After Jamestown, we drove on through Alexandria, Minnesota ($49.62) and straight past our planned stopping place of St. Cloud. Instead, I carried us the last exhausted miles to Hudson, Wisconsin, where we slept like rocks from 11:00, when we got in, until our 6:30 wake-up. Bear in mind that each day we lost an hour of travel time by crossing time zones, which also means that 6:30 in Wisconsin feels like 5:30 in Montana and 4:30 in Washington. I won’t lie when I say that those mornings made me seriously consider taking up coffee-drinking, if it would alleviate the deadness that plagued me for hours after getting up. The good thing about that, though, is I found I could sleep soundly even scrunched up in that horrid U-Haul seat.

Day Three: On June 9th we left our Super 8 Motel, which actually seemed a step up from the Travelodge, and I tried driving first but only got to Northfield ($60.00) before utterly pooping out. I nearly fell asleep at the wheel, and did fall asleep immediately after we got on the road again. Ian drove us through the increasingly interesting Wisconsin countryside, which seemed to have billboards for three things: cheese, fast-food restaurants, and cheap places to kip. We passed up lots of opportunities to buy Wisconsin cheese, and who knows—maybe we’ve missed the cheesy experience of a lifetime. But I have the feeling my life will be plenty cheesy without Wisconsin’s help. In Beloit ($44.24), right on the border with Illinois, I took over driving again. This meant that I got the joy of paying the piddling Illinois tolls ($0.30 to $0.80 at a time. If you’re going to charge for roads, why do it in such small, short increments? It slowed down traffic and left us dimeless rather quickly) as well as… drum roll please… Chicago!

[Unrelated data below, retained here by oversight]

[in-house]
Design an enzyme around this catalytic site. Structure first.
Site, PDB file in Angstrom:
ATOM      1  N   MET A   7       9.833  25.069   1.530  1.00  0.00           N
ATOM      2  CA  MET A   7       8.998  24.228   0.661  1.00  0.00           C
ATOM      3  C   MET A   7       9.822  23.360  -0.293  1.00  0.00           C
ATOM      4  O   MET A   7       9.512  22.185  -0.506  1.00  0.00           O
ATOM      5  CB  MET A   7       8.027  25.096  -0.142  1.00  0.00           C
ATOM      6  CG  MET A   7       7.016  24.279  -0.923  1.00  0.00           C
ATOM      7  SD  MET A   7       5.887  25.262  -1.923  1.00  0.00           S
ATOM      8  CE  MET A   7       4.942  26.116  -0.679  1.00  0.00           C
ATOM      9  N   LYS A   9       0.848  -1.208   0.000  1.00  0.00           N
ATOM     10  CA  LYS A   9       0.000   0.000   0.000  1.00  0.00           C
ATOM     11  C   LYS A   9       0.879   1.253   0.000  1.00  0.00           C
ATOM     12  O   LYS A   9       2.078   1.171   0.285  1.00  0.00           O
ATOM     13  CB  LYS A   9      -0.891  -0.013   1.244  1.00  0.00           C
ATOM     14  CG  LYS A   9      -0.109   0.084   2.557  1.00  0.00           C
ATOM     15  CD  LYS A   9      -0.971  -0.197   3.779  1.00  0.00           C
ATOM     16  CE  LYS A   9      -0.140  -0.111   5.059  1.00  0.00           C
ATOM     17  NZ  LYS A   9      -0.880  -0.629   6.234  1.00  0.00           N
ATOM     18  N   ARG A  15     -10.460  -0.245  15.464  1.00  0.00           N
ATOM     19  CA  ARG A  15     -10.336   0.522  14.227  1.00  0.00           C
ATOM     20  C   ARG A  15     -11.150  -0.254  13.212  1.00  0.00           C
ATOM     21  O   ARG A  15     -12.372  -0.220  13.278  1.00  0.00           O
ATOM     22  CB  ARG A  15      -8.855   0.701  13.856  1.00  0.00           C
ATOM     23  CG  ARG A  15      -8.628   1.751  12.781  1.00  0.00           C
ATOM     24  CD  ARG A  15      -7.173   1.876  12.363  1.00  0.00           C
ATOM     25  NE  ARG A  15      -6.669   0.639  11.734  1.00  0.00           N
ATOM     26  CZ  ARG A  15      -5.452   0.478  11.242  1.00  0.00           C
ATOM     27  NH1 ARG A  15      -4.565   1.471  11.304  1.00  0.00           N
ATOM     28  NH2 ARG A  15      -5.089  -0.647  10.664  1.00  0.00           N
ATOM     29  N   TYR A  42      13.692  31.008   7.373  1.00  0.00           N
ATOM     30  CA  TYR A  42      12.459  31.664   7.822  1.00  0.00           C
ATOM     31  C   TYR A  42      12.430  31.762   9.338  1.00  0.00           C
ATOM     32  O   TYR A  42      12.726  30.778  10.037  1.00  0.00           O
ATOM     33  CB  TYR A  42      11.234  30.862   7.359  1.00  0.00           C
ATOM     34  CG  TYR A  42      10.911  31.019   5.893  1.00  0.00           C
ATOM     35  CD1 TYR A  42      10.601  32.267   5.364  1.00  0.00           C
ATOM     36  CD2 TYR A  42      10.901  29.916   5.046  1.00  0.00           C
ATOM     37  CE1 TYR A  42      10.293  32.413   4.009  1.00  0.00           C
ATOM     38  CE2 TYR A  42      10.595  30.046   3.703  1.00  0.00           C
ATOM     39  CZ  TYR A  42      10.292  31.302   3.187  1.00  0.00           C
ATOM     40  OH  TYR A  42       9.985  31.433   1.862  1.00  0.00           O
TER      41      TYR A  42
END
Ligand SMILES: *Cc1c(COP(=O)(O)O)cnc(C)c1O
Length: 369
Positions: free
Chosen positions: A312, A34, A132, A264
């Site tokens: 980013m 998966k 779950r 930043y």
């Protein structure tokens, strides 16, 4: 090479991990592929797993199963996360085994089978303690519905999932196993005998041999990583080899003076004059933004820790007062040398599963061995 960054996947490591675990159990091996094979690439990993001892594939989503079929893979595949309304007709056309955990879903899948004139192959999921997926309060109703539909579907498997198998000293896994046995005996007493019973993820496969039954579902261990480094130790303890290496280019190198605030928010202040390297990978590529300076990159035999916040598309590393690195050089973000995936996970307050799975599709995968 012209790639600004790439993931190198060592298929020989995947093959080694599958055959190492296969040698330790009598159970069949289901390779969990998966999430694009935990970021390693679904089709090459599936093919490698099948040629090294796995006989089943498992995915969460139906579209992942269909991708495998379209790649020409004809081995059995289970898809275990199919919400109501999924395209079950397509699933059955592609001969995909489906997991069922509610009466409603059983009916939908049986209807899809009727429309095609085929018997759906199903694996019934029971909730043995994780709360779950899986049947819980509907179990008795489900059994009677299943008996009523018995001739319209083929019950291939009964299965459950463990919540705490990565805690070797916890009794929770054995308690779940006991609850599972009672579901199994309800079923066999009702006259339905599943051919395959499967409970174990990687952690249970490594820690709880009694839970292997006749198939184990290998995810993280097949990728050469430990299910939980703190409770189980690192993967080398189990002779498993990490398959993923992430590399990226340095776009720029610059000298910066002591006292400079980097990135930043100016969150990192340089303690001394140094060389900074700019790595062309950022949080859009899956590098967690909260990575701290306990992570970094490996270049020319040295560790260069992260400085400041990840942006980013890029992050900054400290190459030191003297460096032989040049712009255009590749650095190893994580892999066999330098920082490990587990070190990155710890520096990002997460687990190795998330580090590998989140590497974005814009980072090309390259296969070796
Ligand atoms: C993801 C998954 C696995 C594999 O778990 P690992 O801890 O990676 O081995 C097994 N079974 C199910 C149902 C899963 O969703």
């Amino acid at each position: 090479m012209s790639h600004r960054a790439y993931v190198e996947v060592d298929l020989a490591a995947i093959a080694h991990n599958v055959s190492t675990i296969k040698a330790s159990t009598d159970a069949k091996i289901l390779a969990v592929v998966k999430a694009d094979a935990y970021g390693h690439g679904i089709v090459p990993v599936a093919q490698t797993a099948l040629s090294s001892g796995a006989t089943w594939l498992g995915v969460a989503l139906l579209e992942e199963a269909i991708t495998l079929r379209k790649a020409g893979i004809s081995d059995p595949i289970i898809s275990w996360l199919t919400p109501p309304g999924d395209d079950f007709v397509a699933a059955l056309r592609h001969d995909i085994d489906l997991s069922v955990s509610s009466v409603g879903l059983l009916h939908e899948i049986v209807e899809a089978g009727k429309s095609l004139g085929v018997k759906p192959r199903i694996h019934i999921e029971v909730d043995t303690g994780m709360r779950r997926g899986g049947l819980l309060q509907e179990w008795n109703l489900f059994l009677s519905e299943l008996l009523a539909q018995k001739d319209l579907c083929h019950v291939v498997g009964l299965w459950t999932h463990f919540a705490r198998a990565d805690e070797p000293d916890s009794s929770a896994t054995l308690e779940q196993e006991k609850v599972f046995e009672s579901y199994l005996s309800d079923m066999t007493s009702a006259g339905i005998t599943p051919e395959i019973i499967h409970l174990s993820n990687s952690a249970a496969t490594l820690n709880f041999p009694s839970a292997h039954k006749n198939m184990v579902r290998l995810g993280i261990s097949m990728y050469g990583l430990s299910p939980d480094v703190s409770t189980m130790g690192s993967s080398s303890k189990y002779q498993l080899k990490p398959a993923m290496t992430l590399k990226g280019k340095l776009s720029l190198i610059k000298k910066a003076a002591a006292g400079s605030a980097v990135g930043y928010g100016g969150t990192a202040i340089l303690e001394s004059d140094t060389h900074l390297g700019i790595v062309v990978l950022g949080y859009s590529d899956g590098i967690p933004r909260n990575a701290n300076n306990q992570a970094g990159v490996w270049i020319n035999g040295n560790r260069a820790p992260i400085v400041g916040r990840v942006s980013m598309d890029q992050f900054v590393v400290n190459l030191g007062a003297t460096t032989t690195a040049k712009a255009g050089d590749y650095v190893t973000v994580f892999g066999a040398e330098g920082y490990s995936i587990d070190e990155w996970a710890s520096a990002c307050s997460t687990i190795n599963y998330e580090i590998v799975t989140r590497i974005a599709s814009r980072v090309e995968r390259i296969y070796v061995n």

Oh, I’m sure the musical is great, but our three-hour stint in the Windy City left me wanting nothing more than to never drive through again. We hit traffic at 1:00, inched our way through the city in stop-and-go traffic for three hours, and finally reached the Indiana border. Those hours marked the low of our trip, I’d say; we both snapped at each other, stared at cars, and debated what lane I should be in. I pulled a half-dozen Masshole driving tricks that a U-Haul should never do, often in an attempt to squeeze into a lane that I learned 15 minutes later actually would take me into the heart of the city rather than Indiana. Probably 20 people cut me off in maneuvers at least as illegal as mine; we saw 7 cops in Chicago alone (raising our count to 13, 14, and 15 since leaving Seattle), but none of them stopped the atrociously blatant, rampant shoulder-driving that made me want to ram those little sports cars. That’s enough about Chicago.

Because when we reached Indiana, it all changed. The roads cleared, we paid one toll the whole way, and I felt like we’d reached driving heaven. I felt so good, in fact, that I drove all
the way to the “oaisis” at Howe ($56.50). Ian took over through to just outside Cleveland, where we traded off and I drove us to Painesville ($55.03). By then it was dark, but we generally got a good feel for Indiana despite its bad rap. I-90 took us through a few big cities, yet we saw mostly green and growing things. Quintessential farms, a few cows, lots of trees. Not too bad, considering the run-down industrial state I always think of.

Day Four: On June 10th we left Painesville after sleeping in a beautiful Best Western. This place had a king-size bed, two TV’s, a separate sitting room, fridge and microwave, and a great continental breakfast. Plus it was unique-looking and beautiful, in a smaller town that I somehow just liked. Maybe it’s because we slept so well there, or because Ian acted perky from using the free Internet access, but that morning we set off sturdily, ready to do or die—we planned to push all the way from Painesville, Ohio, to Marlborough, Massachusetts no matter how long it took.